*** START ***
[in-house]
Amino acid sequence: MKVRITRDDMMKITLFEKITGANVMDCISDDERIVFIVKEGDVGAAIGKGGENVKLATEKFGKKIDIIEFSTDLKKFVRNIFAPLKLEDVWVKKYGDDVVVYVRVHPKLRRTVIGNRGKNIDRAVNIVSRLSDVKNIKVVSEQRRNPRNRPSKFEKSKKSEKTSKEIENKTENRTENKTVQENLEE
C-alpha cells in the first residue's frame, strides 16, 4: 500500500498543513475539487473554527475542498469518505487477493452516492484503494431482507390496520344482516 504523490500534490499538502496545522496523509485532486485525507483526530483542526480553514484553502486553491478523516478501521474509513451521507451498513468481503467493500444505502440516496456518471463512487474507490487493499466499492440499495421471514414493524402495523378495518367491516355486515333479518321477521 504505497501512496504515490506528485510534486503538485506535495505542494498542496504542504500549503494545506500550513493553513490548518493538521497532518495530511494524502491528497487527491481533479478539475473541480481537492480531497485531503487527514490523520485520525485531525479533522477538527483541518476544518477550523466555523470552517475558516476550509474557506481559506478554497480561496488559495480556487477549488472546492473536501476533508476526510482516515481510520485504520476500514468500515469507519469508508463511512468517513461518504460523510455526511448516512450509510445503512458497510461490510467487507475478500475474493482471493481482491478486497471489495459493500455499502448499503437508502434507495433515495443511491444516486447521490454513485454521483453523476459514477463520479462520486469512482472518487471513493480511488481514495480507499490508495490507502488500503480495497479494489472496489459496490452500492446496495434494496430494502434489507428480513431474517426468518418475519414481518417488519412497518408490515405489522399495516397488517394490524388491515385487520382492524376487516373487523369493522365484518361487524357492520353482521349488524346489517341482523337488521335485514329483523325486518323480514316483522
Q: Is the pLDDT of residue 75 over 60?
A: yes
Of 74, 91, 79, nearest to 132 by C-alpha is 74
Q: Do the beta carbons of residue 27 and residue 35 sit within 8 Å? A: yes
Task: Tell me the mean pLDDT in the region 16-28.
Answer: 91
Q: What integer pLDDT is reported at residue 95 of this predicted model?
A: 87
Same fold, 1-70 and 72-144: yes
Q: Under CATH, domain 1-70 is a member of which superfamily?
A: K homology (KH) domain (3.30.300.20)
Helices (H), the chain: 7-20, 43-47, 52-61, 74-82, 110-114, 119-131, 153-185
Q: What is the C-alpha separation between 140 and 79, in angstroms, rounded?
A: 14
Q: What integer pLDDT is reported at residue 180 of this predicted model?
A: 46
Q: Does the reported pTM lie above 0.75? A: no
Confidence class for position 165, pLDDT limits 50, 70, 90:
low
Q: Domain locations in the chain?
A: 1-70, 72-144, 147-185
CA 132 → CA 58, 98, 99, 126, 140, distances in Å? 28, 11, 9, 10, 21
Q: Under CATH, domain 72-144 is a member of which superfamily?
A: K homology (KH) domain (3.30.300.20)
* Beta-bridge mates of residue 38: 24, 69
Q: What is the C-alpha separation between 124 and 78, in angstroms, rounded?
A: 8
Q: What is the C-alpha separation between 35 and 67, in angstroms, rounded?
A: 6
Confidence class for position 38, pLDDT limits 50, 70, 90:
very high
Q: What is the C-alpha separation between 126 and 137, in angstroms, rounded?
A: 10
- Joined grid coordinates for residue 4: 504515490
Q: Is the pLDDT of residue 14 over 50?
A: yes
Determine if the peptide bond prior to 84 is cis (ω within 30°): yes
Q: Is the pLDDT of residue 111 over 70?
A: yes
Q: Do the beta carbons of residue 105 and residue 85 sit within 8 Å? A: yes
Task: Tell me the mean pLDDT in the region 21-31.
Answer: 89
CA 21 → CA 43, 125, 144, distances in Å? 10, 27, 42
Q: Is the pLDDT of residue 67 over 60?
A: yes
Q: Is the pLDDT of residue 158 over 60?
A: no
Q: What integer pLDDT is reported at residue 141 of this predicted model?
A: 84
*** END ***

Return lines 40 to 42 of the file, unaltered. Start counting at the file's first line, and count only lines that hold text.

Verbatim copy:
Determine if the peptide bond prior to 84 is cis (ω within 30°): yes
Q: Is the pLDDT of residue 111 over 70?
A: yes